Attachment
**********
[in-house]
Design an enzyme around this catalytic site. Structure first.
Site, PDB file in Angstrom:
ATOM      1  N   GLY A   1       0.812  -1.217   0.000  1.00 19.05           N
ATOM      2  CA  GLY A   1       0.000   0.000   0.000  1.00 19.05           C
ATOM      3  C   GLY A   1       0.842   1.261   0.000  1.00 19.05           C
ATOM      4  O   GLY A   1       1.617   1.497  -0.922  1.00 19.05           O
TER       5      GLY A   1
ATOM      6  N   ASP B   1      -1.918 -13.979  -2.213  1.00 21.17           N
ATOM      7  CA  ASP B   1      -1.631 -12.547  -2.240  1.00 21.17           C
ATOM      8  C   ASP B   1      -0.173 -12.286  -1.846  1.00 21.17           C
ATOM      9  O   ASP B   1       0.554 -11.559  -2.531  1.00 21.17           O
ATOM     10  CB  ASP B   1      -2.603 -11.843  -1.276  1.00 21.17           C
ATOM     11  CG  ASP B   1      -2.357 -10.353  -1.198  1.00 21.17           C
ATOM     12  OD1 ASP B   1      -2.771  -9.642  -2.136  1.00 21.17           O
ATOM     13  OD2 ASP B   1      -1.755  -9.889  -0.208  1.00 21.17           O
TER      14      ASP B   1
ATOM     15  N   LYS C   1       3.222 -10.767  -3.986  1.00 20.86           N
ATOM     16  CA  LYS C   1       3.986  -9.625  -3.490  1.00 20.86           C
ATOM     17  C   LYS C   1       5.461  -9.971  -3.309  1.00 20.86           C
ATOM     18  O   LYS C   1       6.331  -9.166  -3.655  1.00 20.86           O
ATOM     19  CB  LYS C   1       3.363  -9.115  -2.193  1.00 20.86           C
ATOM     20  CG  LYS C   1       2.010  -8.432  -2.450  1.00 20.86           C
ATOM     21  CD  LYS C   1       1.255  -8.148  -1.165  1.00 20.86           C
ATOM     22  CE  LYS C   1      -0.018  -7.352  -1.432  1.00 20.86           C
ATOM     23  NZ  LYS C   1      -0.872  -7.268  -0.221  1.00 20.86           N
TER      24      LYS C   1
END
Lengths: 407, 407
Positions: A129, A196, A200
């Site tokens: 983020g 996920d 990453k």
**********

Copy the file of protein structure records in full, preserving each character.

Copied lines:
[in-house]
Design an enzyme around this catalytic site. Structure first.
Site, PDB file in Angstrom:
ATOM      1  N   GLY A   1       0.812  -1.217   0.000  1.00 19.05           N
ATOM      2  CA  GLY A   1       0.000   0.000   0.000  1.00 19.05           C
ATOM      3  C   GLY A   1       0.842   1.261   0.000  1.00 19.05           C
ATOM      4  O   GLY A   1       1.617   1.497  -0.922  1.00 19.05           O
TER       5      GLY A   1
ATOM      6  N   ASP B   1      -1.918 -13.979  -2.213  1.00 21.17           N
ATOM      7  CA  ASP B   1      -1.631 -12.547  -2.240  1.00 21.17           C
ATOM      8  C   ASP B   1      -0.173 -12.286  -1.846  1.00 21.17           C
ATOM      9  O   ASP B   1       0.554 -11.559  -2.531  1.00 21.17           O
ATOM     10  CB  ASP B   1      -2.603 -11.843  -1.276  1.00 21.17           C
ATOM     11  CG  ASP B   1      -2.357 -10.353  -1.198  1.00 21.17           C
ATOM     12  OD1 ASP B   1      -2.771  -9.642  -2.136  1.00 21.17           O
ATOM     13  OD2 ASP B   1      -1.755  -9.889  -0.208  1.00 21.17           O
TER      14      ASP B   1
ATOM     15  N   LYS C   1       3.222 -10.767  -3.986  1.00 20.86           N
ATOM     16  CA  LYS C   1       3.986  -9.625  -3.490  1.00 20.86           C
ATOM     17  C   LYS C   1       5.461  -9.971  -3.309  1.00 20.86           C
ATOM     18  O   LYS C   1       6.331  -9.166  -3.655  1.00 20.86           O
ATOM     19  CB  LYS C   1       3.363  -9.115  -2.193  1.00 20.86           C
ATOM     20  CG  LYS C   1       2.010  -8.432  -2.450  1.00 20.86           C
ATOM     21  CD  LYS C   1       1.255  -8.148  -1.165  1.00 20.86           C
ATOM     22  CE  LYS C   1      -0.018  -7.352  -1.432  1.00 20.86           C
ATOM     23  NZ  LYS C   1      -0.872  -7.268  -0.221  1.00 20.86           N
TER      24      LYS C   1
END
Lengths: 407, 407
Positions: A129, A196, A200
């Site tokens: 983020g 996920d 990453k």